Memories of Penitent Heart
With the strides made in the LGBTQ movement, one risks forgetting its difficult and dramatic beginnings. Not only were many homosexuals forced to repress their sexuality due to social pressure, but there was also the deadly impact and stigma of AIDS upon the community. Entitled Memories of a Penitent Heart, this episode of PBS’s documentary arm, POV, director Cecilia Aldarondo explores both of these historic hindrances on the gay community by researching her late and mysterious uncle Miguel.
Miguel Dieppa was a young Puerto Rican man in love with theatre and life away from home. For him, his island home represented a strictly devout mother, impotent father and older sister ensconced in her new life as a mother. This reality caused Miguel to leave for New York and pursue a professional life on-stage. The city also provided a host of other paths for the new arrival to follow; the merit of these choices is still a subject of debate between Miguel’s lover and family, even 30 years after his death.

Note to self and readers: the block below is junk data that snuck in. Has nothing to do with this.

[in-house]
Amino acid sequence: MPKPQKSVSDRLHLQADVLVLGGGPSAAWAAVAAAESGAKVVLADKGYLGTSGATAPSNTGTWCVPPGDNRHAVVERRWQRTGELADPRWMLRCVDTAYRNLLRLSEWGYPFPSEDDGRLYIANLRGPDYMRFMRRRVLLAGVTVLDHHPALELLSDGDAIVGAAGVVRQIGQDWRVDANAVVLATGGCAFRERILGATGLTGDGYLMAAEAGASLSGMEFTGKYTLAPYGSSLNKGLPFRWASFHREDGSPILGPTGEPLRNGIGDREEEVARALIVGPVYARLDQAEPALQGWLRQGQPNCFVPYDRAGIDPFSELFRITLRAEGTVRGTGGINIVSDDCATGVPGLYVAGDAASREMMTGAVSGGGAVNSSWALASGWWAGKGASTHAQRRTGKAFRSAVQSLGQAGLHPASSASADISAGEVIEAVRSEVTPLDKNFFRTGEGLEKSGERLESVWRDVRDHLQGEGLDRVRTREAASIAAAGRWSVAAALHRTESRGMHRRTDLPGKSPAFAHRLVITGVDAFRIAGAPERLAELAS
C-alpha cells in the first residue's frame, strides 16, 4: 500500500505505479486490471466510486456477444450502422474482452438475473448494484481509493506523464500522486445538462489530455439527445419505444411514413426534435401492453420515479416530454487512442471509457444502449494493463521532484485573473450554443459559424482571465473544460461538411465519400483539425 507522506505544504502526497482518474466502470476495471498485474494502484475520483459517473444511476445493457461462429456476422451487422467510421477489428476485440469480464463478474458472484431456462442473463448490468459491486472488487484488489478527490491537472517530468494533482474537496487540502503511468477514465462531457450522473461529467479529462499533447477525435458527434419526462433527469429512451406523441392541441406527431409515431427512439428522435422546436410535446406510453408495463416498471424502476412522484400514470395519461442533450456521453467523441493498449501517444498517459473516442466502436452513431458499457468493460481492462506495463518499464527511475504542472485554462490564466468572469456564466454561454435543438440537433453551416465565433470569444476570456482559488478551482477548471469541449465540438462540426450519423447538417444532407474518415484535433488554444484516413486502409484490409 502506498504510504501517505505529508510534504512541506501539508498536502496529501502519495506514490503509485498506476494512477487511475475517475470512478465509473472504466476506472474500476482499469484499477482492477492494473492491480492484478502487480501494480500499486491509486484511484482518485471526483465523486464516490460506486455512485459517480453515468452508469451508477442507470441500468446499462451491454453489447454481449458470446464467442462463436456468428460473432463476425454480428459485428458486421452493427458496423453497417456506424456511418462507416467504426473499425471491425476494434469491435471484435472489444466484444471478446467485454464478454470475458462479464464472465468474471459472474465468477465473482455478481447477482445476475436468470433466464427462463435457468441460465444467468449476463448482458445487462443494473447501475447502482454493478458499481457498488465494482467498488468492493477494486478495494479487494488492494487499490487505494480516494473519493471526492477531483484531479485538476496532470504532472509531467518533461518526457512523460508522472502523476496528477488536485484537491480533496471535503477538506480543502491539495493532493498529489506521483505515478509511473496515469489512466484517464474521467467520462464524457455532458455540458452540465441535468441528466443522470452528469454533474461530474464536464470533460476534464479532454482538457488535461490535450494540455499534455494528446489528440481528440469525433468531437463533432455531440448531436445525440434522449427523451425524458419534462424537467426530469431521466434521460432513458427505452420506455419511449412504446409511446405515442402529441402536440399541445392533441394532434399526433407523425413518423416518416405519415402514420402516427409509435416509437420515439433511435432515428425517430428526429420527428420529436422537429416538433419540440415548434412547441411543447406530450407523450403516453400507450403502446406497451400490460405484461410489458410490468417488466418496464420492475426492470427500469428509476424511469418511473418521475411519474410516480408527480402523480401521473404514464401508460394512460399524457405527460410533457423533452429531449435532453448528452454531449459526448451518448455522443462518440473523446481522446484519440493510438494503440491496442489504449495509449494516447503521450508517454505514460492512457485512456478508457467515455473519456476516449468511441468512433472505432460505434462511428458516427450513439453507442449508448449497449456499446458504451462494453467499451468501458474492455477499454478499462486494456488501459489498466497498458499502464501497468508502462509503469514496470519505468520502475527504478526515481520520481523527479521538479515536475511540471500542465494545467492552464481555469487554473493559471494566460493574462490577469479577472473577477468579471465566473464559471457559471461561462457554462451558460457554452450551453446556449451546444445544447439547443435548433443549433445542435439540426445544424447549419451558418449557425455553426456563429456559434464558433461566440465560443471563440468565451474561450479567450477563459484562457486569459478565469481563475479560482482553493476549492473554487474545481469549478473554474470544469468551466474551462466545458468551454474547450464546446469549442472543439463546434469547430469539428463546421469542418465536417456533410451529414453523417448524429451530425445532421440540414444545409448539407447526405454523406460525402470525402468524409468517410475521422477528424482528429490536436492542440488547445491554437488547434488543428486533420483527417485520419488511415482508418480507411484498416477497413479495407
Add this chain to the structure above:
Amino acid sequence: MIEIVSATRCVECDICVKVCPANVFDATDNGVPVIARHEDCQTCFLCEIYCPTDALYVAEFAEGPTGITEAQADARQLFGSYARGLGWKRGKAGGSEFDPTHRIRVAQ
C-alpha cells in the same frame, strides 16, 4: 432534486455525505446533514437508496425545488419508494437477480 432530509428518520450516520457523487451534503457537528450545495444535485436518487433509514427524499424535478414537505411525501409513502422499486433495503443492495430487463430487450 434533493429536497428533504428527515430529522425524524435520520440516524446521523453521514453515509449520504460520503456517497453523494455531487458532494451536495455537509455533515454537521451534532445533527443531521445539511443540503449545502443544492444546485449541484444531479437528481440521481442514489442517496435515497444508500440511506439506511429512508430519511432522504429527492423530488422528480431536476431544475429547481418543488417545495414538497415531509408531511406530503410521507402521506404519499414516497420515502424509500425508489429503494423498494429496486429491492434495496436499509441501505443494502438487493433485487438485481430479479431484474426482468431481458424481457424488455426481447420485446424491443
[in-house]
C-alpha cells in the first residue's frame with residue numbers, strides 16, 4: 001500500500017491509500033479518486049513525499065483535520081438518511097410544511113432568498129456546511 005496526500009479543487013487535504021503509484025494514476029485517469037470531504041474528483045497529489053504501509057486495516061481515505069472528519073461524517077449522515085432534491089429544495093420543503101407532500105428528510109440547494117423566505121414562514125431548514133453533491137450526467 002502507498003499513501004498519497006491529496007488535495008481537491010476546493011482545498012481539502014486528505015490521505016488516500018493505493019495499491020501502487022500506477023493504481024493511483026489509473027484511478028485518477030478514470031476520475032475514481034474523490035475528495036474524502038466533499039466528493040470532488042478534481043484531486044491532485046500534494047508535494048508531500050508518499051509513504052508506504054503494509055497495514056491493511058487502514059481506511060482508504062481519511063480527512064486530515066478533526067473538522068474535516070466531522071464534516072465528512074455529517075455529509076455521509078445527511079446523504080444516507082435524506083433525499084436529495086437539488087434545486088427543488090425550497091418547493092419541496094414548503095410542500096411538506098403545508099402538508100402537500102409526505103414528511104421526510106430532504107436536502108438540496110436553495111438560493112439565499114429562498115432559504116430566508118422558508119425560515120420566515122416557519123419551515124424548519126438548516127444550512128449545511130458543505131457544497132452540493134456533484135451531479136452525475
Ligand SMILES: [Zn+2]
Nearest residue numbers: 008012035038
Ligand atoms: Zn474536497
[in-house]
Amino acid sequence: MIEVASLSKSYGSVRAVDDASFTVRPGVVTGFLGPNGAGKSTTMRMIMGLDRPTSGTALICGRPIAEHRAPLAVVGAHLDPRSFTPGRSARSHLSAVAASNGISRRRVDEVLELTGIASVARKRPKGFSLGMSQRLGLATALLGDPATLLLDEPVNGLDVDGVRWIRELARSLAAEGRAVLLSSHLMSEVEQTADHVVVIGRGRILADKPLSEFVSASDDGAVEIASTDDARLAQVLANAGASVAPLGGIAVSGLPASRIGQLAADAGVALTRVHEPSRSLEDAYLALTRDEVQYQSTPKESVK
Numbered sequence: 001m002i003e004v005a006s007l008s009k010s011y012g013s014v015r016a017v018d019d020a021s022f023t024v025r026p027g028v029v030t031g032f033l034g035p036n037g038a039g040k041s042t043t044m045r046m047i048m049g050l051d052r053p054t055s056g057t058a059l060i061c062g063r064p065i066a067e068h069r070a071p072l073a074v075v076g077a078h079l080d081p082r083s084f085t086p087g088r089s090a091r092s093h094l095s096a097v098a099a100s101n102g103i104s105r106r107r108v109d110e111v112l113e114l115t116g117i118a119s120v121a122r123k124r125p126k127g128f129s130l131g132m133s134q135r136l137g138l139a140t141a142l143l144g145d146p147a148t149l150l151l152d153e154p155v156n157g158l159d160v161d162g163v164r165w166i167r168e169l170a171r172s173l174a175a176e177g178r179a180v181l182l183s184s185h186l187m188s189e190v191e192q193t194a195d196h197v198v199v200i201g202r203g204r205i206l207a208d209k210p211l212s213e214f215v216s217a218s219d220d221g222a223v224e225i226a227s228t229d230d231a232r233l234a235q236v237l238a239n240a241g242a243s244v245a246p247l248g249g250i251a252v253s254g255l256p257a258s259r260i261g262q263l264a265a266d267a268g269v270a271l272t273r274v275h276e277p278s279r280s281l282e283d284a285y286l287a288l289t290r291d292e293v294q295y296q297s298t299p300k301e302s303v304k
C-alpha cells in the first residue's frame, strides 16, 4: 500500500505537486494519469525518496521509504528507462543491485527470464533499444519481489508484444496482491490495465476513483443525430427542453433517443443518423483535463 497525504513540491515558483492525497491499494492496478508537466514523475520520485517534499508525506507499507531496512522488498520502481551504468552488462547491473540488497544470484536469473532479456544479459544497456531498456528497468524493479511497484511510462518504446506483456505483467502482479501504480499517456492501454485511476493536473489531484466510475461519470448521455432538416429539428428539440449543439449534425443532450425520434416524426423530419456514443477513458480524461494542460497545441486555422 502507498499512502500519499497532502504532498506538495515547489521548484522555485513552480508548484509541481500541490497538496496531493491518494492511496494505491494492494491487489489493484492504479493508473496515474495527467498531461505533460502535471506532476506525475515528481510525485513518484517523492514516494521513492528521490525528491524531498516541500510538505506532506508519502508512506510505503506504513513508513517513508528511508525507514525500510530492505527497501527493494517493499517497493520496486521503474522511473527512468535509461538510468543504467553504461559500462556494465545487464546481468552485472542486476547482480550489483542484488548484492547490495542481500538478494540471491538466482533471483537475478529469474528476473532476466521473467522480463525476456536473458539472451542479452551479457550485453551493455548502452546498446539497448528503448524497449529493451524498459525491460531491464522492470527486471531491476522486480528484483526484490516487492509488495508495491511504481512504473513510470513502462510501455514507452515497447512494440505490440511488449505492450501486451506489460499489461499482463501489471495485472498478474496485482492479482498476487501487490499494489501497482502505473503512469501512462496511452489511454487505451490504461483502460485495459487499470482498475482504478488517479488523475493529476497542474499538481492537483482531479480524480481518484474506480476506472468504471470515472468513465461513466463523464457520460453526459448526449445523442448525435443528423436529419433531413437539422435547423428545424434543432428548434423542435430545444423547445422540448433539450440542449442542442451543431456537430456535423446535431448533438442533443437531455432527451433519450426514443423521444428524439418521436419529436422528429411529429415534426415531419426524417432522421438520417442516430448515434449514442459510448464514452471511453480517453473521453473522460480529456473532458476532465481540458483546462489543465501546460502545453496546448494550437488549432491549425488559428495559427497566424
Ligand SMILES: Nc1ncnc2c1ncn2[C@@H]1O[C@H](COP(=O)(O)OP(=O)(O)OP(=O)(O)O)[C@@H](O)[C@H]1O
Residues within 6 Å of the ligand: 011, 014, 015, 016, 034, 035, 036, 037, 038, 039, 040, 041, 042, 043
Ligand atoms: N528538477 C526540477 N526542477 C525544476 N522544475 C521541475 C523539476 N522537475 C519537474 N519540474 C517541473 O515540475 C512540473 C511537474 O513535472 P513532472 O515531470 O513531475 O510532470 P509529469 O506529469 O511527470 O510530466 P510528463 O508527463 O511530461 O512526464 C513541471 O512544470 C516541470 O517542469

Memories of a Penitent Heart is a documentary that is both standard and innovative. Audiences can laugh, cry, and experience all the emotions between, due to the linear story. This simplicity is further solidified in the on-screen family tree that literally connects the featured characters to Miguel. The innovation is apparent in Aldarondo’s curiosity about her uncle and objective to to present his secret life to a disbelieving family.
The layer of images in the film, whether they are photos of Miguel’s things, archival footage, or Puerto Rico, look professional and feel personal. Like the mysterious protagonist, the double-edged presentation proves successful, albeit heartbreaking. However solemn, the ambiguity of Memories of Penitent Heart will certainly resonate.
Memories of a Penitent Heart does not have a UK release date yet.
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